A flash flood barreled through a popular Arizona swimming hole where more than a hundred people were taking refuge from summer heat, killing at least eight people, leaving many more missing and forcing survivors to cling to trees in the rocky terrain, officials and a witness said.
Meteorologists had issued a flash-flood warning surrounding a popular swimming area inside the Tonto National Forest before the wave of water gushed through the narrow canyon on Saturday afternoon.
Video that Disa Alexander shot shortly after the flood showed a man in a tree holding his baby as water rushed around him. His wife was a short ways away from him, also clinging to a tree.
There was no warning before the wall of water hit, Alexander said.
The deaths include at least one child. Four people rescued by helicopter on Saturday were taken to the hospital for hypothermia.
"It's pretty much recovery [now]. We don't believe there's anybody left out there," Water Wheel Fire and Medical District Fire Chief Ron Sattelmaier said.
The weather service estimates that up to 1.5 inch of rain fell over the area over an hour, and that the drainage took at least 30 minutes to reach the swimming hole. The thunderstorm hit about 8 miles upstream along Ellison Creek, which quickly flooded the narrow canyon where the swimmers were enjoying a cool dip a on a hot summer day, with highs in the 80s.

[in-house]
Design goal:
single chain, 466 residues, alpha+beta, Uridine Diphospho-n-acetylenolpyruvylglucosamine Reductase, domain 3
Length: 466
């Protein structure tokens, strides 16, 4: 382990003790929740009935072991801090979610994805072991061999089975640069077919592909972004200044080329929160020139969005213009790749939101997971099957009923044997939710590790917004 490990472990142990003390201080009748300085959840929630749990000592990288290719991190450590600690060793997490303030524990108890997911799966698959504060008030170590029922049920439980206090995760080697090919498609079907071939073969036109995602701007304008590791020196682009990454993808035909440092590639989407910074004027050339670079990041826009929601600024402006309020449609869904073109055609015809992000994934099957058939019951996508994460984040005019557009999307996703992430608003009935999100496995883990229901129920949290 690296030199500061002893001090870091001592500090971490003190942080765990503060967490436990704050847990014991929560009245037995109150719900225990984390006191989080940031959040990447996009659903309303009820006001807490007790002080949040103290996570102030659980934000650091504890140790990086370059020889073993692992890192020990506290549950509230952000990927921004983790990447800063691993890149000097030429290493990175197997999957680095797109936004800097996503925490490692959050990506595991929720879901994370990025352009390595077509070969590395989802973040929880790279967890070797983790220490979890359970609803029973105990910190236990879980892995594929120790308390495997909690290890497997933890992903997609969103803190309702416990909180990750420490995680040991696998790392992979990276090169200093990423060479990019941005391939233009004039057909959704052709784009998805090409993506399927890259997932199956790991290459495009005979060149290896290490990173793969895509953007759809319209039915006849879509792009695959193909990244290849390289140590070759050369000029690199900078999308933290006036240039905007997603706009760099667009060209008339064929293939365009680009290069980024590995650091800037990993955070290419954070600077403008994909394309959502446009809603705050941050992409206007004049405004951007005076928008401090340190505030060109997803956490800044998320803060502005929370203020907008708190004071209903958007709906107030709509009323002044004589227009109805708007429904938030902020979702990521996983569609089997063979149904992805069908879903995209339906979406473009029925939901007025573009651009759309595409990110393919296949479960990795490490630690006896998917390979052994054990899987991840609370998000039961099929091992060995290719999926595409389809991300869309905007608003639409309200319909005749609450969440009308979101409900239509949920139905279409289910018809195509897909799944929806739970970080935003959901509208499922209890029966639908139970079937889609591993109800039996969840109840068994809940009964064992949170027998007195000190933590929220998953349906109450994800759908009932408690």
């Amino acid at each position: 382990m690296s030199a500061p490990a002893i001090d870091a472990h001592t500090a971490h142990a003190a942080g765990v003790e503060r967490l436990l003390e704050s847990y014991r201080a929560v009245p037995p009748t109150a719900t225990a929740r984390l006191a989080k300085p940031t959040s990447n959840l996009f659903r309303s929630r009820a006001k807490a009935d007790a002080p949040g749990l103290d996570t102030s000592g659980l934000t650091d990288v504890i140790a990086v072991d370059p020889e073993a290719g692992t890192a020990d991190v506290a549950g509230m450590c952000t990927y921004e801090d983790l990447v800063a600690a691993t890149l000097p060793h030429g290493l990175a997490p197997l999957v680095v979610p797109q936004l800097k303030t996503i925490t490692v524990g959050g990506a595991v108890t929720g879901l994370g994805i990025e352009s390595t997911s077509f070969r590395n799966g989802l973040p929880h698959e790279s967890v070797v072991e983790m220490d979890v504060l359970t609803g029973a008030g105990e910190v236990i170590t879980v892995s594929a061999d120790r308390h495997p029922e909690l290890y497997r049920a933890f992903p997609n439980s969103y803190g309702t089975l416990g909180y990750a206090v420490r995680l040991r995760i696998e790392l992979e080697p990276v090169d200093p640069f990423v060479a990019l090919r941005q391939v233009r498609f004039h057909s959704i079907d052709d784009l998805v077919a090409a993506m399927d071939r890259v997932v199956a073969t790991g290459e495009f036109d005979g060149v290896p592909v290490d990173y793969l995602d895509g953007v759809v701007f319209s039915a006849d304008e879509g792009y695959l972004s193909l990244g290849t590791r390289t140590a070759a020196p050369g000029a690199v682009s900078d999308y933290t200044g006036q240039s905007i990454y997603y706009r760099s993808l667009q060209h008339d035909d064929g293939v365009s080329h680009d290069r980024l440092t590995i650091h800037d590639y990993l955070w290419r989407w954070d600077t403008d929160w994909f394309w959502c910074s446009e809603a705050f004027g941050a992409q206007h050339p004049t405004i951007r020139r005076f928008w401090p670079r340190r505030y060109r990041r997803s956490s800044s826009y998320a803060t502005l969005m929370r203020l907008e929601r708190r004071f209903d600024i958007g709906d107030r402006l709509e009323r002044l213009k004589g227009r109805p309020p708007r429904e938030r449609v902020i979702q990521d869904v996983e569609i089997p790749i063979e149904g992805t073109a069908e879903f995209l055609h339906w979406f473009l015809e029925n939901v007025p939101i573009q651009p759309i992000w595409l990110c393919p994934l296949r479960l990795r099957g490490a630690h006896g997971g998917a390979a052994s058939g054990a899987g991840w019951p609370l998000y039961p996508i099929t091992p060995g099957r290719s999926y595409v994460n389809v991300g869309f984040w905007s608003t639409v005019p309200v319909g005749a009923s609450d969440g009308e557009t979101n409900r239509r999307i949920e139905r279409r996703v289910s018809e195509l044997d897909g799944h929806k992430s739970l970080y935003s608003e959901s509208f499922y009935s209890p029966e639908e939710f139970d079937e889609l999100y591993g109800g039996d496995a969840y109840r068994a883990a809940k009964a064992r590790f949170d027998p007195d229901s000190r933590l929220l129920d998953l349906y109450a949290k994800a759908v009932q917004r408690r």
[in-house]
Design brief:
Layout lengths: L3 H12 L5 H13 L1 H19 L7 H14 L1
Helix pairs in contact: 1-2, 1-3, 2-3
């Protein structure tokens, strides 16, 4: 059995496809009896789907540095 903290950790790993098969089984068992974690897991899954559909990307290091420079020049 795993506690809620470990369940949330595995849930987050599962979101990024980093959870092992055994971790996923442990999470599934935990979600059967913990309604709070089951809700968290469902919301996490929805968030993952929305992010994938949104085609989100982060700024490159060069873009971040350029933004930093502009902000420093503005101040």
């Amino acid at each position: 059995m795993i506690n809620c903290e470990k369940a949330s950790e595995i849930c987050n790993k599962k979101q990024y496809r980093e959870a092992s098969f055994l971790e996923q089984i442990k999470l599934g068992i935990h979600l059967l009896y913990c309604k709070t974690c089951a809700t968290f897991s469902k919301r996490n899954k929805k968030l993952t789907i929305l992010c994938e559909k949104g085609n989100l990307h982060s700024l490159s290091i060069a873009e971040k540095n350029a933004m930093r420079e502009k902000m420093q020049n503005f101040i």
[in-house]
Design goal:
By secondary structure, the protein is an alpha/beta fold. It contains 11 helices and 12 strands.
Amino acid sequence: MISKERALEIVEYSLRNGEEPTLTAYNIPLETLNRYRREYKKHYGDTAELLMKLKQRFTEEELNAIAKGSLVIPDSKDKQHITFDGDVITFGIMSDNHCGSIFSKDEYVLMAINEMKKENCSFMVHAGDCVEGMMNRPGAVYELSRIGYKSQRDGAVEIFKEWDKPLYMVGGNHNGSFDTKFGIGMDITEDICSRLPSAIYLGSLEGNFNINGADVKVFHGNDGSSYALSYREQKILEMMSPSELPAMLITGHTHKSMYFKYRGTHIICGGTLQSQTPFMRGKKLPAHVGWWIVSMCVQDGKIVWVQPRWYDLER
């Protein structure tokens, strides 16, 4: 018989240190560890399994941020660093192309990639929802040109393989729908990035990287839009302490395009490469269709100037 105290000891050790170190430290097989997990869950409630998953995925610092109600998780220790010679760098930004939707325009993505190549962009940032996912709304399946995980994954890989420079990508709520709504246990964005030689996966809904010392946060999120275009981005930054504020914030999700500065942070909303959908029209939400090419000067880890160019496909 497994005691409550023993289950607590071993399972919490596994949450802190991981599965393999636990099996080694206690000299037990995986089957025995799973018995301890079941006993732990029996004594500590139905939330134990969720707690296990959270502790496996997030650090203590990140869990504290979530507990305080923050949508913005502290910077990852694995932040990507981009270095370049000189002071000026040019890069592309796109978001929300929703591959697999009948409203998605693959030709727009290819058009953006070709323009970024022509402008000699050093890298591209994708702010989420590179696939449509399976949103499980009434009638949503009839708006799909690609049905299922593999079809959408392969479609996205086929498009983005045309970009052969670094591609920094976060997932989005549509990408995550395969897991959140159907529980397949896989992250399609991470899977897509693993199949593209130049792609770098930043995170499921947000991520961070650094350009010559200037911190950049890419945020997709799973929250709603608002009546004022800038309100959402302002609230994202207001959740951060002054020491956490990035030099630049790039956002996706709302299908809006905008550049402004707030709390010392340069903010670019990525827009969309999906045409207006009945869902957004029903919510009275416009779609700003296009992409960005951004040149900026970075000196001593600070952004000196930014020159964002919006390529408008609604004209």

"They had no warning. They heard a roar, and it was on top of them," Sattelmaier said.
There had been thunderstorms throughout the area near Payson, about an hour and half's drive from Phoenix, but it wasn't raining where the swimmers were at the time.
But it happened during monsoon season, when whether like this can strike furiously. Monsoon thunderstorms are a common, nearly daily occurrence in Arizona thanks to the mix of heat and moisture in the summer months.
"I wish there was a way from keeping people from getting in there during monsoon season. It happens every year. We've just been lucky something like this hasn't been this tragic," Sattelmaier said.
The flooding came after a severe thunderstorm pounded down on a nearby remote area that had been burned by a recent wildfire, Sattelmaier said.
The prospect of brewing monsoon thunderstorms and the deep burn scar over the ground that had charred away the pine trees, foliage and ground dust that would normally absorb rain were such a concern that the National Weather Service issued a flash-flood warning about an hour and a half before emergency crews were called to the scene.
"If it's an intense burn, it creates a glaze on the surface that just repels water," said Darren McCollum, a meteorologist. "We had some concerns. We got a lot worse news."